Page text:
5 reasons why photography beginners should BUY THIS LENS first
Five reasons why photography beginners should buy this lens first.
Before I reveal it, we'll go over the five reasons, and I’ll share some images to prove why this should be your first purchase.
I’m also going to share something that no other photographer in the world that I know of has ever mentioned the number 1 reason why this should be your first lens.
Table of Contents
I have several lenses, and they are all different shapes and sizes. Some are very heavy, like my 200-500, which weighs 7 pounds.
But my recommended lens weighs under a pound.
So it’s compact and easy to carry. Although this is the first reason, it’s not really the best.
The second reason is more important.
This is known as a prime lens, meaning it has a single focal length. Whereas a zoom lens has multiple focal lengths.
In general, a prime lens will be sharper than a zoom.
Although, I find my 200-500 to be sharper than some of my older prime lenses, like this 85mm that I picked up in the mid-’90s.
Overall, just better technology today versus back then.
Especially when compared to a kit lens that is sometimes included in some kind of DSLR bundle.
So, let’s look at a couple of images to compare the sharpness of this prime with a zoom lens.
Both of these images were shot at the same focal length, with an ISO of 100 and an Aperture of f eight.
The image on the left is the prime lens and it’s much sharper than the zoom lens.
It might be hard to see on your screen, depending on the resolution of this video that you’re streaming.
So, in the description, I’ve included both images and more that you’ll see in a moment, so you can compare them for yourself.
Ok, the next reason you should get this lens is due to the aperture, which provides you with a couple of benefits over a zoom lens.
This particular lens has a maximum aperture of three point five.
And the prime lens has a maximum aperture of one point four.
At one point four, the amount of light that will filter through your lens to your camera’s sensor is over twice as much.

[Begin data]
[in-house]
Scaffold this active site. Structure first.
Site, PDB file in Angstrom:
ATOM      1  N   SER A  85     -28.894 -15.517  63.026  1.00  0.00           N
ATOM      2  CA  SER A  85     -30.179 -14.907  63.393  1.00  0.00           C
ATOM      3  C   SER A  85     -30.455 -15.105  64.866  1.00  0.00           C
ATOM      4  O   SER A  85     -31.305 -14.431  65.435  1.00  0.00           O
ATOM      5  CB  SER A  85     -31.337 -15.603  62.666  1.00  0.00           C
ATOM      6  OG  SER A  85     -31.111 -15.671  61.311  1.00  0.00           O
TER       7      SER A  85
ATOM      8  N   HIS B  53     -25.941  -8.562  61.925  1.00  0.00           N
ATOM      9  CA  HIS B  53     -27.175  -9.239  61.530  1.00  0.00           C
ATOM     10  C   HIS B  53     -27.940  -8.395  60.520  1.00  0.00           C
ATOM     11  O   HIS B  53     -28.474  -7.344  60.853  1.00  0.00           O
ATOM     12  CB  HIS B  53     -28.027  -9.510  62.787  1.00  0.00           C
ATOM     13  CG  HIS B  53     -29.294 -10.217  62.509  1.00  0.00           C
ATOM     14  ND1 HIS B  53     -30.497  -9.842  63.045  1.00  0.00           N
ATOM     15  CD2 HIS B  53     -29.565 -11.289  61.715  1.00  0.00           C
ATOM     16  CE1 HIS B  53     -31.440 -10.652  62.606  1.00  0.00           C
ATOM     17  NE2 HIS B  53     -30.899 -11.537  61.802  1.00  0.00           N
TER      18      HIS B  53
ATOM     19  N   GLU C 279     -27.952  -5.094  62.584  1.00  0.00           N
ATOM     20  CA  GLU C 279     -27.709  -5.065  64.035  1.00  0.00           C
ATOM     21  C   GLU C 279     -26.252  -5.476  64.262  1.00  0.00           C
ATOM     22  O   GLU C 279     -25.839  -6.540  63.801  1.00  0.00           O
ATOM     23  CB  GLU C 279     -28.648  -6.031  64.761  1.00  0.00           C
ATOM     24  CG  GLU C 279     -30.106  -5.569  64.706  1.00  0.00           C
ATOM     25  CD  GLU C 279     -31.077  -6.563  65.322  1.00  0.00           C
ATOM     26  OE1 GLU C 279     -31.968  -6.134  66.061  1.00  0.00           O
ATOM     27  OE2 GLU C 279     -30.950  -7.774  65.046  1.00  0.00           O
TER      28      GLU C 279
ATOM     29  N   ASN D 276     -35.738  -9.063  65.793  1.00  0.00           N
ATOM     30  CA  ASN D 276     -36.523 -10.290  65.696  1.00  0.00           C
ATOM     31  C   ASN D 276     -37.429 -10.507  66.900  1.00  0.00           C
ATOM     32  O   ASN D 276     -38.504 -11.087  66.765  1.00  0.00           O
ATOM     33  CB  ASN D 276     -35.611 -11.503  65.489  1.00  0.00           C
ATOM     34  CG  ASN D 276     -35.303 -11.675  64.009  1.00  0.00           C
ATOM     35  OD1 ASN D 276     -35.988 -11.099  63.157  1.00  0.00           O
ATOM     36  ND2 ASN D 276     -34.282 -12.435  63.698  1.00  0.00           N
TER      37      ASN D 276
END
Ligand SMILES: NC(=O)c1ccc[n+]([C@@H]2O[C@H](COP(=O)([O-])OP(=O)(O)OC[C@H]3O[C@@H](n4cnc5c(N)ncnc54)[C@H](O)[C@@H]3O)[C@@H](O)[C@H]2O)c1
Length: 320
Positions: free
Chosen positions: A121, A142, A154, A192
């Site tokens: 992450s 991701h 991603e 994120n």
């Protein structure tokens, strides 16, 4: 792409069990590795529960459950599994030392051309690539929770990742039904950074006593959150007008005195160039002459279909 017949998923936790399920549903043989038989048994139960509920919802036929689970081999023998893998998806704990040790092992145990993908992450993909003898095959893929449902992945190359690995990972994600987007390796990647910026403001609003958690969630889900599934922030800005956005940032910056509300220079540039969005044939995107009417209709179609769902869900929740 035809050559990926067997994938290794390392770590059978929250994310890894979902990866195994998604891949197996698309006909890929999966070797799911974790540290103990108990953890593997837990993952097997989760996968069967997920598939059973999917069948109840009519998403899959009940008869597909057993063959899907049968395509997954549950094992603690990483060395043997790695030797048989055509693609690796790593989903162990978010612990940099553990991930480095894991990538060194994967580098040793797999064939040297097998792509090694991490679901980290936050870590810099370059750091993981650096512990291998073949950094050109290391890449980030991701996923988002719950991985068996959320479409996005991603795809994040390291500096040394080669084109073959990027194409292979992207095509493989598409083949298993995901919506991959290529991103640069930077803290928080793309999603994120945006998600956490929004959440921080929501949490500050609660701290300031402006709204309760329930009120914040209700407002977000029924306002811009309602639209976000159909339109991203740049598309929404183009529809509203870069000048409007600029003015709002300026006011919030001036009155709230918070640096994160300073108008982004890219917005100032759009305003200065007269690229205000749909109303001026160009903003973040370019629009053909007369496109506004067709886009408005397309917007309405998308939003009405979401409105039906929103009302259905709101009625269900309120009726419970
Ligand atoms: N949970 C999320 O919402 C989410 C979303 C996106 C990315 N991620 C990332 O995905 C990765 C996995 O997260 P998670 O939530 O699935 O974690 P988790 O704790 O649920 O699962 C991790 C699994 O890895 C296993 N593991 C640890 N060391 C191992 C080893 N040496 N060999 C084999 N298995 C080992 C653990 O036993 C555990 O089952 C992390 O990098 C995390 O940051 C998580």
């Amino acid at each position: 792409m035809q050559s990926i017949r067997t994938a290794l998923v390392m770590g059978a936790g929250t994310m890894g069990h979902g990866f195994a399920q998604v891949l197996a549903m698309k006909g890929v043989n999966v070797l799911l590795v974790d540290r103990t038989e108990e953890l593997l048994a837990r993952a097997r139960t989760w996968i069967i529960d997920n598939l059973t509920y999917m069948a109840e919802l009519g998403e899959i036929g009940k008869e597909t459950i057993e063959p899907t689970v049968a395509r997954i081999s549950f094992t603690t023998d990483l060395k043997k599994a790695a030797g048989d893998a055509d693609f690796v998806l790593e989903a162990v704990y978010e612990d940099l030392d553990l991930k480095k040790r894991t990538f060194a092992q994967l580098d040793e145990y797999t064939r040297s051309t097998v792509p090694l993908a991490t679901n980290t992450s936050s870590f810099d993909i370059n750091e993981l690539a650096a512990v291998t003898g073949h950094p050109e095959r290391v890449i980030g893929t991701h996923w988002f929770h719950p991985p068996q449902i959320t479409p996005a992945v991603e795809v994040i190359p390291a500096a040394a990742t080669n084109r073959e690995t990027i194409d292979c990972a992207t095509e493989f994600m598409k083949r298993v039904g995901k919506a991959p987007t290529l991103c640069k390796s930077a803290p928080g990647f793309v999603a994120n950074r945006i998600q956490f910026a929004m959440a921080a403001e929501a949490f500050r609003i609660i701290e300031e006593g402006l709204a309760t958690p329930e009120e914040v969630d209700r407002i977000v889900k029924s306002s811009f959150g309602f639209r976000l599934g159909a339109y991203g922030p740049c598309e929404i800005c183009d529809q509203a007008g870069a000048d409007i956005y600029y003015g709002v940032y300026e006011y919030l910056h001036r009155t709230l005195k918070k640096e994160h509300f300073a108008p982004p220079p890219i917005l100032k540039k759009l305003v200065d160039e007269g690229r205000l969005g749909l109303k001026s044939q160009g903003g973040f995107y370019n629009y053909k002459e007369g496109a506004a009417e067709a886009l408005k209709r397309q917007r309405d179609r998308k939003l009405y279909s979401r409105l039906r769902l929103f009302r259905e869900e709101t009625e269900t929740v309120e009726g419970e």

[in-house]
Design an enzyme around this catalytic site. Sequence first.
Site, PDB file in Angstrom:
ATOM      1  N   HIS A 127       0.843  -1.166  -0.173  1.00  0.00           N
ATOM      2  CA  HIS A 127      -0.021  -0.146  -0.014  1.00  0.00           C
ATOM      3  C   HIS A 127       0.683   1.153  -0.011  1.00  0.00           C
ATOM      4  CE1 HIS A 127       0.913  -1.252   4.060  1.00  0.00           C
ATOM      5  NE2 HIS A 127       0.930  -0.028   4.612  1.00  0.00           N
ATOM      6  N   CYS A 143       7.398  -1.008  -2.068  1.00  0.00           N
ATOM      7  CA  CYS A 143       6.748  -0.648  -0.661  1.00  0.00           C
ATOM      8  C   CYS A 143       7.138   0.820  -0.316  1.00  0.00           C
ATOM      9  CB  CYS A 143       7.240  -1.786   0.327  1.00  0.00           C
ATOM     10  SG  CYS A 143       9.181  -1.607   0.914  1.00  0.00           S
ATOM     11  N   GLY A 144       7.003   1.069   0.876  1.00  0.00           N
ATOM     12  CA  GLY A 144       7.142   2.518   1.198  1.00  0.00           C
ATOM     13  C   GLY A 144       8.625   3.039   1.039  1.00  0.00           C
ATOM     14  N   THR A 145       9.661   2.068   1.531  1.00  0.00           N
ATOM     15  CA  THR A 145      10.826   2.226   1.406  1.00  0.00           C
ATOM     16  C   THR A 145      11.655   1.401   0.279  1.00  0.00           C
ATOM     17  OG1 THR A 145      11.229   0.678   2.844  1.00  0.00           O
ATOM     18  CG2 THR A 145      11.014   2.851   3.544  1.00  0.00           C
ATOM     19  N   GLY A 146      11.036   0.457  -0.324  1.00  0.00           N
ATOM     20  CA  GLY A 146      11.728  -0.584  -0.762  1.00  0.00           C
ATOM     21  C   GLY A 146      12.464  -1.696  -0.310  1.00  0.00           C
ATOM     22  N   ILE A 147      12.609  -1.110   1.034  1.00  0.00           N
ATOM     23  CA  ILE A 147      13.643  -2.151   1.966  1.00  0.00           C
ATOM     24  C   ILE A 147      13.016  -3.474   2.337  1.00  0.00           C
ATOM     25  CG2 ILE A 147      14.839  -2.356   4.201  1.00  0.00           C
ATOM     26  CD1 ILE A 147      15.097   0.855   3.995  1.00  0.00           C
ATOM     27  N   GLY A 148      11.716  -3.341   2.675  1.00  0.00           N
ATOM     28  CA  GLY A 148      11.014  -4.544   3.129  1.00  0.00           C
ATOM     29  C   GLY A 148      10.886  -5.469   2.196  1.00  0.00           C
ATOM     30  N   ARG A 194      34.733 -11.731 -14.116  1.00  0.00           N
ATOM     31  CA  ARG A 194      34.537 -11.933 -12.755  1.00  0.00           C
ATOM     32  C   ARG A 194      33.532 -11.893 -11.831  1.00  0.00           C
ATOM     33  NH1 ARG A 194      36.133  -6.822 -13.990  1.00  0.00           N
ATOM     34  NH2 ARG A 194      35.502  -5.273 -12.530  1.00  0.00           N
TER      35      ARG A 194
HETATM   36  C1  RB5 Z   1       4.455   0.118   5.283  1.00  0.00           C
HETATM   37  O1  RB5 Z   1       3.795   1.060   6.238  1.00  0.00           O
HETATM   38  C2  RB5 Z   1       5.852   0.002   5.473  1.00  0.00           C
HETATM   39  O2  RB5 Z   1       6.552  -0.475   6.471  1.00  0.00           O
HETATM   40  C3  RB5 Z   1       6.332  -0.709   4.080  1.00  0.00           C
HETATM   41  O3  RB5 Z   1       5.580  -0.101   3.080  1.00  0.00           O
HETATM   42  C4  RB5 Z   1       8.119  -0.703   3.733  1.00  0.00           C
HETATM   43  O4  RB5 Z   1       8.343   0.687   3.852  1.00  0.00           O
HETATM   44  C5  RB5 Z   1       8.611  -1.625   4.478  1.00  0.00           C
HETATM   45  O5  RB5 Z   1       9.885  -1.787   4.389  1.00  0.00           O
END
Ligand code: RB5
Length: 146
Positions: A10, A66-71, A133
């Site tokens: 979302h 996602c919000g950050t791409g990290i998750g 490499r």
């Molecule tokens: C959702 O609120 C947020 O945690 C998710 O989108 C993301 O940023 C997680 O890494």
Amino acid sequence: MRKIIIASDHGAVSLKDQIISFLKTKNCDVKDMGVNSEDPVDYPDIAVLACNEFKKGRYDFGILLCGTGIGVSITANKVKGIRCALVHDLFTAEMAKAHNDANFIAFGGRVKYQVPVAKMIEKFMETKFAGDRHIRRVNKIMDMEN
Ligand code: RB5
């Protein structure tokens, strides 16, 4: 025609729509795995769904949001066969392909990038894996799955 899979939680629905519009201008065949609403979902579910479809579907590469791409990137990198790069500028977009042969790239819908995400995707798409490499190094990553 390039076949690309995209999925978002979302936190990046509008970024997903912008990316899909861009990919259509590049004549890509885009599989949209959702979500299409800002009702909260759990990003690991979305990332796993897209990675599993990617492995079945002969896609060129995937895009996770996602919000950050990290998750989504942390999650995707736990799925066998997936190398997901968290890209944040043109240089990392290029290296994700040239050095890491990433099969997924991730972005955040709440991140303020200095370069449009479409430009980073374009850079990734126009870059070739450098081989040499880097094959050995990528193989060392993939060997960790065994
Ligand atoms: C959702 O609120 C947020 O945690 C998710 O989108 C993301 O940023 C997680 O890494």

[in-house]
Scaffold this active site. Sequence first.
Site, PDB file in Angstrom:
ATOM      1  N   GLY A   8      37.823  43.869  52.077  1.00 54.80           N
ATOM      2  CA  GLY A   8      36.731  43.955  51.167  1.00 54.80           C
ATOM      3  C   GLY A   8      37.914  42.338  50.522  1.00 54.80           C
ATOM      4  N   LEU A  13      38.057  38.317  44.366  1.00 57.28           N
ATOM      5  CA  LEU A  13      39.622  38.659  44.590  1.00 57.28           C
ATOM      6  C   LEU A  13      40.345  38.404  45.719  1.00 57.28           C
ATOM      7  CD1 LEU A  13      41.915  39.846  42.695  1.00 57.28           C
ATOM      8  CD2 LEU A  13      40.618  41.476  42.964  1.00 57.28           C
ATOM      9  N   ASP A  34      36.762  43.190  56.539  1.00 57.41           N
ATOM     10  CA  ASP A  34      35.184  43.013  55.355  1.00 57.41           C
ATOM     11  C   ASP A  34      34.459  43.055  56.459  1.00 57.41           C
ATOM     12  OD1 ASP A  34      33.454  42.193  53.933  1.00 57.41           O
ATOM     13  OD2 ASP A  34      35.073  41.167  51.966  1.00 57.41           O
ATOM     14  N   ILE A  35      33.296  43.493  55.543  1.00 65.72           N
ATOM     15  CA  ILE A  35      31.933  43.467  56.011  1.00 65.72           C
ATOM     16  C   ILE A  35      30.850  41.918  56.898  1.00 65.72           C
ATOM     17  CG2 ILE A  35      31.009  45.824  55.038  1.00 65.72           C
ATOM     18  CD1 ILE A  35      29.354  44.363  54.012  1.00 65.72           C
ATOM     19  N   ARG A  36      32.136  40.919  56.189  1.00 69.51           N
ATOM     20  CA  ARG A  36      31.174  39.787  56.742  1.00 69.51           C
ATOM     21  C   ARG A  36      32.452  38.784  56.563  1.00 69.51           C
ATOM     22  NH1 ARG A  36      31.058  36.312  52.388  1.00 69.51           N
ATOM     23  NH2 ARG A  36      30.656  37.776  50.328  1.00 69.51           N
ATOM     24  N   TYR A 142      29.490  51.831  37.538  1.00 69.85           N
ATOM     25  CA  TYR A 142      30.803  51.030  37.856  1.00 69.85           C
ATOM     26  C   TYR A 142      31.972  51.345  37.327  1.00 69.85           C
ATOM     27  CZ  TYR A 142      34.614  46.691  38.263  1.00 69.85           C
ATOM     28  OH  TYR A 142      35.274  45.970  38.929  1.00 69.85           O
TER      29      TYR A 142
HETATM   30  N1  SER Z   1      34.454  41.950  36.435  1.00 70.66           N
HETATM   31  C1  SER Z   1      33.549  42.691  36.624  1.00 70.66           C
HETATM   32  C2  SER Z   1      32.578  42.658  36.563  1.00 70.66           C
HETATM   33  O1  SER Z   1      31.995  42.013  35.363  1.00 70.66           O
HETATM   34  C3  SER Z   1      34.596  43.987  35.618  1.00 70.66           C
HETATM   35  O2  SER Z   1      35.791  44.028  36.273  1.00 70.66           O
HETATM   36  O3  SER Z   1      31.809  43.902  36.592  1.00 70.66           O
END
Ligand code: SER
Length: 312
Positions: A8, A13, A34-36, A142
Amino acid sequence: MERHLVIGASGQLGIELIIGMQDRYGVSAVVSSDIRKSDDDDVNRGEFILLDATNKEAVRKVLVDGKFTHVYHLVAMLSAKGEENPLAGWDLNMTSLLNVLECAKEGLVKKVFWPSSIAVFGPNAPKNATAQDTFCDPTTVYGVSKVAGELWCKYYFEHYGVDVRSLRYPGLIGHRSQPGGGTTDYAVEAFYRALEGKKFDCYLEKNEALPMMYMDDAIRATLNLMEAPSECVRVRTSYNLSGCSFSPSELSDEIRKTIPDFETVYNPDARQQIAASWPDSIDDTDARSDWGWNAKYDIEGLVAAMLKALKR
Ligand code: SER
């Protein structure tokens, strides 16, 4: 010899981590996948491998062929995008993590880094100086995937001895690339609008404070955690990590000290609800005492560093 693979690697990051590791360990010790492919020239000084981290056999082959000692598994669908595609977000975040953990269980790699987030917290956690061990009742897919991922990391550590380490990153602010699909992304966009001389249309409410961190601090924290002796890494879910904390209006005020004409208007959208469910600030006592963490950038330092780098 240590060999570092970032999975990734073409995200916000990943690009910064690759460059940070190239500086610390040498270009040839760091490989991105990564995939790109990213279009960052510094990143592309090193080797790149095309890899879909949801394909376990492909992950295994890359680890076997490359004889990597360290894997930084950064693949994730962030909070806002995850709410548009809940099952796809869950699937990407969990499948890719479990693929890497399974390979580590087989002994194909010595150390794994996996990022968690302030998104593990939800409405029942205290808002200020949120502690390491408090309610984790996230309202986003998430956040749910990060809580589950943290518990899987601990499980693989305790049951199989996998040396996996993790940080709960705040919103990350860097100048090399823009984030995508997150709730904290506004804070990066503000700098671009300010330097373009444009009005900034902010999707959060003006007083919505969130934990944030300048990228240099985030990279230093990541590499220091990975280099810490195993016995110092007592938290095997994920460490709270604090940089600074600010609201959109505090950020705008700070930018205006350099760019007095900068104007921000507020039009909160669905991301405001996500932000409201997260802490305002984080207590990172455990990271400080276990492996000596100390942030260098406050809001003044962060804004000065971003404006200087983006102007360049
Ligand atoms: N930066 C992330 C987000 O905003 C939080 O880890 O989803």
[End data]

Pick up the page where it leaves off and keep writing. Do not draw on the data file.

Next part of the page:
The benefit of this is the ability to shoot in low-light conditions without the need to use a lower shutter speed.
This particular zoom lens has a variable aperture, and shooting at the same focal length as my recommended lens meant the largest aperture possible was f four.
For this image, I captured this at f four, and a shutter speed of one-twentieth of a second was needed to get the right exposure.
And I needed to use a tripod to ensure that the image didn’t become blurry from camera shake.
But, at one point four, I was able to use a faster shutter speed of one-one sixtieth of a second to get the same exposure, and a tripod wasn’t necessary.
Now, real quick, it is true that you can increase the ISO to get a faster shutter speed.
But that creates digital noise in your image, which degrades it.
Another benefit to a larger aperture, like one point eight, is the ability to create better images vs. a smaller one.
So, with the one-point four, you can blur out the background more than the smaller aperture of three-point five, which gives you the pro look.
So far, you’ve learned a few benefits of this lens compared to a zoom lens. And you might be thinking that you can’t afford something this good.
However, I think this is the best return on your investment due to the price.
It’s more than a kit lens but less than a premium zoom with the same focal length within.
This particular lens I purchased for four hundred dollars, and you can get a one-point eight for two hundred dollars.
At one point eight, it’s one-stop slower than one point four, which means, for example, you’ll need a shutter speed of one-sixtieth of a second instead of one one twenty-fifth of a second.
But it’s still better than the slower shutter speed I need at f four.
Now, real quick, if you’re not familiar with some of the terms I’m using, check out my free four-hour photography course here on Youtube, and I put a link in the description below.
Also, I should mention you can get this lens with an aperture of f one point eight at around a hundred dollars if you buy it used.
Alright, the moment you’ve been waiting for.
The number one reason you should get this lens is because it will make you a better photographer instantly, and the skills you gain from using it will help you excel at photography faster.
Now, I did mention the larger Aperture will help you create better images.
But that’s not what I’m referring to.
Instead, I’m referring to the process of using this lens compared to a zoom lens.
When you start your photography journey, you’re excited to go out and take some photos. Lots of them. Am I right?
So, you slap on whatever lens you bought, and in my experience, most photographers I talk with start out with a zoom lens.
You go out, and you start shooting. And what do you do? You begin zooming in and out to frame your subject.
But you can’t do that with a prime lens. Instead, you have to move forward or backward to frame the shot.
The process of doing this slows you down and makes you think before you shoot. So, thinking is the key to creating amazing images.
And slowing down and thinking of what you’re about to create are skills that you’ll be developing early on, making you a better photographer faster.
So, think about this. Everyone has a camera. But that doesn’t make them great photographers.
If you truly want to master photography, you need to learn to take the steps to create something and not “take” like everyone else.
Be you. Be different. Stand out. Create, don’t take.
And it all starts with buying a 50mm prime lens.
To continue elevating your photographic skills, watch this 4-hour photography course.